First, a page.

1. Bronze Age Robin. There’s something about Robin’s costume as drawn by Bronze Age artists like George Perez and Jose Luis Garcia-Lopez. Yes it’s the same costume (more or less) since the Golden Age, but under the pencil of these modern masters it seems to fit better. For the better part of almost four decades, this is the Robin that has been on most merchandising and in the public’s mind. When you say “Batman and Robin”, THIS is the Robin you’re talking about.


— The ROBIN WEEK Index of Features. Click here.

— Why ROBIN Has Endured for 80 Years, by BOB ROZAKIS. Click here.

Anthony Durso is the owner of Retropolis Tees (click here) and The Toyroom toy package customizing company (click here), so make sure you check out his nifty wares.

Author: Dan Greenfield

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  1. “Beatles Robin” lol. Haven’t seen or thought of that pic in years.

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  2. Great list! I always figured Ms. Strickland’s Robin lived in a Yellow Batmarine, a yellow Batmarine…

    I’m so glad Jason’s 1st costume made the list. I think if DC had been bold enough to go with that redesign in 1983, Jason (the first version) would have stuck around, and not been seen as a cipher.

    LOVE the 2nd Earth-Two Robin design, particularly the half-cowl version seen in Who’s Who there.


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  3. Don Newton would have loved you ranking his design that highly! That was just a quick design idea from him!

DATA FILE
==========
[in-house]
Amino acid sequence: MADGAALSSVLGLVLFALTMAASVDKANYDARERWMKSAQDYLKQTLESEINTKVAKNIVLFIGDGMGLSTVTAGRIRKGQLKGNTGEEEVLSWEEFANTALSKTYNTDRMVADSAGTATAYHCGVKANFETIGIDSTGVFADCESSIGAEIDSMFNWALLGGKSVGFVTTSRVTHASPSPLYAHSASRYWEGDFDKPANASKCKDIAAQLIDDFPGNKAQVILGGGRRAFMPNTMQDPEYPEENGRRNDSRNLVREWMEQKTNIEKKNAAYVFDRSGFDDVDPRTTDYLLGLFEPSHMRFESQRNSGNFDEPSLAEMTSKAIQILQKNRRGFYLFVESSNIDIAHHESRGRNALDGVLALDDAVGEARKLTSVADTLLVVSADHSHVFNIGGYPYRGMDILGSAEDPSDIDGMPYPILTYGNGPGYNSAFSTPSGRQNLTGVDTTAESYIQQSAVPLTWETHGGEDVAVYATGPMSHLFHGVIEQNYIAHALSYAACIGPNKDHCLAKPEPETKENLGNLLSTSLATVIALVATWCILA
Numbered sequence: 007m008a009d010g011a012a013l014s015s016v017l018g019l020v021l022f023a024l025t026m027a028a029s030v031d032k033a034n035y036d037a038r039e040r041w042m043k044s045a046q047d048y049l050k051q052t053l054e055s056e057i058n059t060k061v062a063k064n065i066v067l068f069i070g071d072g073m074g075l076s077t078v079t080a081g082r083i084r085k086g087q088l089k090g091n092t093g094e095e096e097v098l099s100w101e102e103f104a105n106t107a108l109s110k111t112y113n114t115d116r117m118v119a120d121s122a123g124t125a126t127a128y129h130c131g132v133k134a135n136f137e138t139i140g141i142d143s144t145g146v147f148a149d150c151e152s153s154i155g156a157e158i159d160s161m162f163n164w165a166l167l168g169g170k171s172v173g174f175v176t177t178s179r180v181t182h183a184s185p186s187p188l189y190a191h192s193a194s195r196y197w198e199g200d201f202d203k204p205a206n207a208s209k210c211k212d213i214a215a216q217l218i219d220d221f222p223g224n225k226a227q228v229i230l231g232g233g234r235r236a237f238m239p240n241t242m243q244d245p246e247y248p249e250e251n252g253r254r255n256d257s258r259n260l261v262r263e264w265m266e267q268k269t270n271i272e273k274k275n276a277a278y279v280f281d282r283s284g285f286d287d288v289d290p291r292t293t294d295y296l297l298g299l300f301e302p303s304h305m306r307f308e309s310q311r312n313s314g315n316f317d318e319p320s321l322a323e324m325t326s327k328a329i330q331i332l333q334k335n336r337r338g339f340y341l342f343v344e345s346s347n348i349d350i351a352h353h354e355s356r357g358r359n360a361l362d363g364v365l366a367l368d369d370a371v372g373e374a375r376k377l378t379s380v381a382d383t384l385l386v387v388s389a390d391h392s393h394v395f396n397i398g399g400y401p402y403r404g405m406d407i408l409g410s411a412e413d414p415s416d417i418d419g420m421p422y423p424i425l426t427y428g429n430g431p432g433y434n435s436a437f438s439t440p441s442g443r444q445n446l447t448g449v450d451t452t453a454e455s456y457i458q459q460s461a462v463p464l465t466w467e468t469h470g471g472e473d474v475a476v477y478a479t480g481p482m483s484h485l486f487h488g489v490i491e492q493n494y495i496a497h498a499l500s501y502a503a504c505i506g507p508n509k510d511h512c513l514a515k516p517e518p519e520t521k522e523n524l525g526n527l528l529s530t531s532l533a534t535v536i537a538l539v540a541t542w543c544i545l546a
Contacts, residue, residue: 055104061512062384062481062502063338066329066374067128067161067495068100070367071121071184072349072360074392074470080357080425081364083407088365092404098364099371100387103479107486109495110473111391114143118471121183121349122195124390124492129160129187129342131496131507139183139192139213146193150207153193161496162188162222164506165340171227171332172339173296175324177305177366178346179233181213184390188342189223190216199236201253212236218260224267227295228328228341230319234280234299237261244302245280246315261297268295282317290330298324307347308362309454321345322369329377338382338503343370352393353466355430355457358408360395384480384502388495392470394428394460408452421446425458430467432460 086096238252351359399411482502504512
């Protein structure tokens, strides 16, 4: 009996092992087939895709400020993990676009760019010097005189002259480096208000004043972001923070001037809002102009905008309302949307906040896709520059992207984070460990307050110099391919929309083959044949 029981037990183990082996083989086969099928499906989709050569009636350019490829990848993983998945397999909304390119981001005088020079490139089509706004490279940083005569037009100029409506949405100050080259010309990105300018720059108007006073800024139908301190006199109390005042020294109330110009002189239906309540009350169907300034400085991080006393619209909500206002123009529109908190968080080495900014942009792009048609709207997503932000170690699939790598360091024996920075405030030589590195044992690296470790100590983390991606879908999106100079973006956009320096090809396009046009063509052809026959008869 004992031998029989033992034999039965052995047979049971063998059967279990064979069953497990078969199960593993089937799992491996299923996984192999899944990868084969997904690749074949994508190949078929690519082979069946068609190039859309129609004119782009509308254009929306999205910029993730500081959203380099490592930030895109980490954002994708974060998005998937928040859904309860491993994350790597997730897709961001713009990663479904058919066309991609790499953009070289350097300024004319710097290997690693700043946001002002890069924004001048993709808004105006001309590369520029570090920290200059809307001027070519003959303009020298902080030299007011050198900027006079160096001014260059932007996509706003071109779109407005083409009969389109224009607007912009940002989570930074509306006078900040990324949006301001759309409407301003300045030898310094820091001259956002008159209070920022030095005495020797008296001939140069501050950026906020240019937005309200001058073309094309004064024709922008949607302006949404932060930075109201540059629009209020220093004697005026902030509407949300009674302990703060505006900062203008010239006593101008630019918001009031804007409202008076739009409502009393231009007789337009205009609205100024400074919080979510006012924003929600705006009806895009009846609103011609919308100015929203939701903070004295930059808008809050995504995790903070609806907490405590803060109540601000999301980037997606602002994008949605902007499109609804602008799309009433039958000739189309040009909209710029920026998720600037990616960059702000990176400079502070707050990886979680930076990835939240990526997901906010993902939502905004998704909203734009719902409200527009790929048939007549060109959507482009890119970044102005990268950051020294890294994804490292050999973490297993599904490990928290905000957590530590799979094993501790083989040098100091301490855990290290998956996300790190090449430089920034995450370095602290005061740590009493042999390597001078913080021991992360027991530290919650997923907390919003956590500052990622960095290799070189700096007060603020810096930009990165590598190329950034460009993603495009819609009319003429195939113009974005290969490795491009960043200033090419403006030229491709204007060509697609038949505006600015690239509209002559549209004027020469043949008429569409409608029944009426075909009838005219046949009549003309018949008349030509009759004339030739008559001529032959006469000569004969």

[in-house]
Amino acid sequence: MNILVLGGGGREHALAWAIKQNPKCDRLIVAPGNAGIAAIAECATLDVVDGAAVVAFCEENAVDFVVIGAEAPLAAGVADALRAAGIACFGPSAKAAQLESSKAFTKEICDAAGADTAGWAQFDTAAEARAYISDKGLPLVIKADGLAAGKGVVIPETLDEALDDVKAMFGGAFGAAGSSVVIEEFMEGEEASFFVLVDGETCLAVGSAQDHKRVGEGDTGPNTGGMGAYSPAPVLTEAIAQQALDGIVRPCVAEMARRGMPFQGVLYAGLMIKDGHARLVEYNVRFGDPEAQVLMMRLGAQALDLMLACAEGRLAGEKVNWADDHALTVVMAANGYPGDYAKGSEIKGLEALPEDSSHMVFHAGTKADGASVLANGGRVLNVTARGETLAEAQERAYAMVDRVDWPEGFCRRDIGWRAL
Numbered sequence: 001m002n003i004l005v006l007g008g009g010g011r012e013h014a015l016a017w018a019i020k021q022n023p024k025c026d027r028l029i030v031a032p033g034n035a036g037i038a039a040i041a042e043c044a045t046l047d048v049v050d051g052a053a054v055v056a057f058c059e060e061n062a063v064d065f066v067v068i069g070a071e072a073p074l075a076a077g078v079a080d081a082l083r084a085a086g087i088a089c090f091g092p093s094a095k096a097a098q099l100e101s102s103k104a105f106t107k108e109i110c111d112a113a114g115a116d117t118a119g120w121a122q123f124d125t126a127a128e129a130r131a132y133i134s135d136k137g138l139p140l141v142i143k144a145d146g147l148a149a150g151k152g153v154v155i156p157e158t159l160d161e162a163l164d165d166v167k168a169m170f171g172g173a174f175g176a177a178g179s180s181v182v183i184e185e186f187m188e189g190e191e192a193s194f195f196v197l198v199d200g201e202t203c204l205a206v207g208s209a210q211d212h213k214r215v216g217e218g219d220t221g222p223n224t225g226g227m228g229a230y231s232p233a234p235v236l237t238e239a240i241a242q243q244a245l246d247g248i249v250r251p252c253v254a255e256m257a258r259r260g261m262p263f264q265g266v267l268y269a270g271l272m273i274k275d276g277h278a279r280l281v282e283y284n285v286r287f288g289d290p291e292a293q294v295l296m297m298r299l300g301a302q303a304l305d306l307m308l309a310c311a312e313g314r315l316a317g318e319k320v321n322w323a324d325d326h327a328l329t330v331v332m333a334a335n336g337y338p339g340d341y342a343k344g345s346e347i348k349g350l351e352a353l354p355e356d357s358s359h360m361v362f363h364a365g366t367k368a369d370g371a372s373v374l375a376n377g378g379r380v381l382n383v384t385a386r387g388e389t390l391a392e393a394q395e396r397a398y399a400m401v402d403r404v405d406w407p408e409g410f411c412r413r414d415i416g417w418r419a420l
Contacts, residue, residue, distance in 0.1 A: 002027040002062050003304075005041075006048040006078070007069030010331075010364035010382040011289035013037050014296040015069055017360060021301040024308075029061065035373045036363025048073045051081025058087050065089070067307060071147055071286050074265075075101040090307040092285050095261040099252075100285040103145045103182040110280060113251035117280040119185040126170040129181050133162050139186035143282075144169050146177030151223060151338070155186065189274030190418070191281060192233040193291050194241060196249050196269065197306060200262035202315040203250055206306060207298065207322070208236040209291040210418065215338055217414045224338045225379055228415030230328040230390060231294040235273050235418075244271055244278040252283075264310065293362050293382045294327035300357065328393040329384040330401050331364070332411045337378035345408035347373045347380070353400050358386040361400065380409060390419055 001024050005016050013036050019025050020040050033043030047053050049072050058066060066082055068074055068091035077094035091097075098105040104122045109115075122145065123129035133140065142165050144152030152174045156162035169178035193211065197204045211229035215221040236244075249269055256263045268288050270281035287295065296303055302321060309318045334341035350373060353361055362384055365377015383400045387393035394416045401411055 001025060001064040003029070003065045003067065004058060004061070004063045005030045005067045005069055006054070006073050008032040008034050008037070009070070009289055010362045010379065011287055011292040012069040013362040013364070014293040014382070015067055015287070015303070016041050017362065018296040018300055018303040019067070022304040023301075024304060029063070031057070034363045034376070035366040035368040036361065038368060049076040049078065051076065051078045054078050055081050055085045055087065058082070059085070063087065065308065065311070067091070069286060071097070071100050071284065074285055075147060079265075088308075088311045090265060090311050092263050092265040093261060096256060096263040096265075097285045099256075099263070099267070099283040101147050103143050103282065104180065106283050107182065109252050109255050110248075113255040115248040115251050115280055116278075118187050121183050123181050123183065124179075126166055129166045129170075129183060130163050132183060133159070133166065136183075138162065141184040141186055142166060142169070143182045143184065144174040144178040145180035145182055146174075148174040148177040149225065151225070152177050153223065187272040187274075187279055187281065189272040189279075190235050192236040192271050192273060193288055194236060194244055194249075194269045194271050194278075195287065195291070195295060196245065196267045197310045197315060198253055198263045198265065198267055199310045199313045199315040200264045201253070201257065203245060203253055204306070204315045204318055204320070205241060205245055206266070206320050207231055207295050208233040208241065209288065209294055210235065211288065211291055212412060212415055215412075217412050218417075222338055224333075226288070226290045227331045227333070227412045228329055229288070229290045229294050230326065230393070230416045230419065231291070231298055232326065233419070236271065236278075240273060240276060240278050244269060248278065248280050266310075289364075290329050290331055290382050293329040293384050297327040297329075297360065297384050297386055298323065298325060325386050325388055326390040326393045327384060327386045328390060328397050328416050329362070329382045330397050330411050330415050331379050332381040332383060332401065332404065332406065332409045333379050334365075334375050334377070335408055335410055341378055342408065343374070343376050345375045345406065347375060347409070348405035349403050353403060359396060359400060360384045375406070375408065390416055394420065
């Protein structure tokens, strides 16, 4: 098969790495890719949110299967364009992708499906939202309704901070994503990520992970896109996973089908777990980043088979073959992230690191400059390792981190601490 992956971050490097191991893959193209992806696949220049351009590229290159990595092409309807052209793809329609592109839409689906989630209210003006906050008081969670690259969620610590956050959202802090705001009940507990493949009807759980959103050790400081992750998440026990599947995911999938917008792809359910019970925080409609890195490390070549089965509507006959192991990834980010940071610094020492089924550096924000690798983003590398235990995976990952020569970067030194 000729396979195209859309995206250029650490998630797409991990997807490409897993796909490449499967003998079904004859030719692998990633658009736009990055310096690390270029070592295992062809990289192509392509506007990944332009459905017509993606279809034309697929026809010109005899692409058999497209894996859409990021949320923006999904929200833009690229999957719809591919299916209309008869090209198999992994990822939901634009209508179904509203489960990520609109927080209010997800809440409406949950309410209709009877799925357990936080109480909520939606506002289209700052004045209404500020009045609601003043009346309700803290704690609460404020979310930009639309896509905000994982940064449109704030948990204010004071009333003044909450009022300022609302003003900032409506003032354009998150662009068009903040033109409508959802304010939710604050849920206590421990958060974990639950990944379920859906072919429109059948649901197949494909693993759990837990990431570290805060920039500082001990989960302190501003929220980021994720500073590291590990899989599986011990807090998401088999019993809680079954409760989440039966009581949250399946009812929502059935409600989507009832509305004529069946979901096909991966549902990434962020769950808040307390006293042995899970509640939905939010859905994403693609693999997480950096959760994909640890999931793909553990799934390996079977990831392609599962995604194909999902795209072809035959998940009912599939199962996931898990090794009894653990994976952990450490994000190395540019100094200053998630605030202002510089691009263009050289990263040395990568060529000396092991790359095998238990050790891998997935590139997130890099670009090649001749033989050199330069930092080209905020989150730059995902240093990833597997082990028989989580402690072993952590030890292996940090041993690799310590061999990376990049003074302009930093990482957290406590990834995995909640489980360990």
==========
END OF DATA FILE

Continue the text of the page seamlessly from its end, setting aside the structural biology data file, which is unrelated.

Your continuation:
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  4. I have 5 favorites in order from least favorite to most favorable are these.

    # 1. It may be the most well known, but still not my favorite.
    # 11. Beatles Robin is really good and similar to some of the other later
    models that probably copied Carol’s design.
    # 3. Tim Drake’s animated series design. I may have given it a higher rating if
    it would have had just a touch of the green like the Robin Hood
    # 6. Tim Drake’s Second Costume from the comics. This one has all of the
    elements I like except for one.
    # 4. Earth-Two Robin’s Second Adult Costume. The ONLY thing I’d change
    on this is make the outer side of his cape and his legs black so he, like
    Batman, can blendin with the nights darkness.

    The costumes I like best are the ones that give Robin full coverage like Batman’s costume which includes flame retardant fabric to give Robin the same protection Batman enjoys. And they should all have the Robin’s red breast and Robin Hood style boots…not the pixie shoes.

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  5. Good grief, I’ve seen that original Flamebird and Nightwing cover a million times, I’ve had it since I was a kid, and never noticed that ‘Nightbird’ boo-boo!

    The only costume in this Robin roll-call I actively hate is the Bruce Time (sic) one, it’s just so bland, give that guy some green… he’s named for Robin Hood, for goodness sake!

    My fave here is the second Earth 2 Robin look, it’s perfect. I do also like a Bronze Age Dick, especially as drawn by Marshall Rogers with unbuttoned tunic.

    And here’s another vote for Don Newton’s Jason design, it’s not totally derivative but totally evocative of a boy wonder.

    Thanks for an engaging read.